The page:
Incidence, trends in incidence and survival analysis in head and neck cancer from 1994 to 2013 in Girona, Spain: a population-based study

Moreno Felici, Òscar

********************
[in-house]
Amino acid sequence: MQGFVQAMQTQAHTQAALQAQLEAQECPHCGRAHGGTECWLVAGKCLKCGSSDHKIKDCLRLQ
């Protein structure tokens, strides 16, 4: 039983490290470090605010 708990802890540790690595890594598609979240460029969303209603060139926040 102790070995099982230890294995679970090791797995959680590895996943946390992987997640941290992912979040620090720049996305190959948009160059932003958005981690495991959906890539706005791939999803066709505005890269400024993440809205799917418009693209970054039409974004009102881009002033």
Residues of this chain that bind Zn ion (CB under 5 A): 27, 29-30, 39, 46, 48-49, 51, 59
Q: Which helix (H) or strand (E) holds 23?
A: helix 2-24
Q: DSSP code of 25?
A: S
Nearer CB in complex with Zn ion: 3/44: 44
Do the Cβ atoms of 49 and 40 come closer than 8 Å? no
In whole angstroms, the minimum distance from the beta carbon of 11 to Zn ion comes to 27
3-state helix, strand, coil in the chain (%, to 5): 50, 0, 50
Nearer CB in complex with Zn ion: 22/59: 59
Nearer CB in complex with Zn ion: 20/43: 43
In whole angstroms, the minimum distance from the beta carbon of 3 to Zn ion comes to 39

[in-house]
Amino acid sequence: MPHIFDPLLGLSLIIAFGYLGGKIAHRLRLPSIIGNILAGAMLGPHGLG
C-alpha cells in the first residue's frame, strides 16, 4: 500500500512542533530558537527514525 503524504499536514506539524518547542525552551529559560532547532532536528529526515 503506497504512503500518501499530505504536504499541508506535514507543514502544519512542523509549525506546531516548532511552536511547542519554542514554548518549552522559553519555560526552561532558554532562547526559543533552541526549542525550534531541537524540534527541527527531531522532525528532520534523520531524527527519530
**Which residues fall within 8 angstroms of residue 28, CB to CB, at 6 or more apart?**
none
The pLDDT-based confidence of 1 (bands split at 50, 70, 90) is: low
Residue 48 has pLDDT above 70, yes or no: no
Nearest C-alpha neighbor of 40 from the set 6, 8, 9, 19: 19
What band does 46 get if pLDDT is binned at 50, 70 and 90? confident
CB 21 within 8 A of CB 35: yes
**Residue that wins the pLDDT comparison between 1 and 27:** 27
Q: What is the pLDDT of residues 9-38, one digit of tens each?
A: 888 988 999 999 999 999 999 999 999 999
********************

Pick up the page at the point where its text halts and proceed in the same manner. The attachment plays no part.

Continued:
Introduction: Head and Neck Cancer (HNC) is a highly heterogeneous disease comprising a large number of tumours located in the cervicofacial area. This study aimed to determine the epidemiological characteristics of HNC and its topographic sites. Data/Methods: 3171 patients with a HNC (470 lips, 767 oral cavity, 147 salivary glands, 294 oropharyngeal, 124 nasopharyngeal, 240 hypopharyngeal, 45 not specified (NE) pharyngeal, 112 nose, ear and sinuses and 972 laryngeal cancers) registered in Girona Cancer Registry (GCR) in Spain during the period of 1994-2013 were analysed to estimate their incidence, trends in incidence and observed survival. Results: Most patients were males (82.9%) between 50 and 74 years (64%). Relative to histological subtype, squamous cell neoplasms (SCN) was the most frequent in both sexes. Oral cavity was the most common topographic site in women, being the larynx for men and both sexes. Incidence decreased significantly in HNC for men and both sexes with annual percentage of change (APC) of -2.5 and -2.0, respectively, but not in oropharyngeal cancer. Five-year HNC observed survival for both sexes was 50.2%. Conclusions: Our study confirms the higher HNC incidence in men compared to women, being the most frequent topographic site the larynx and the oral cavity respectively. Also the decreasing incidence of HNC is confirmed with the exception of oropharyngeal cancer that its incidence remained the same during the study period. In terms of survival, good results were found. SCN are confirmed as the most common histological type regardless of sex or age ​
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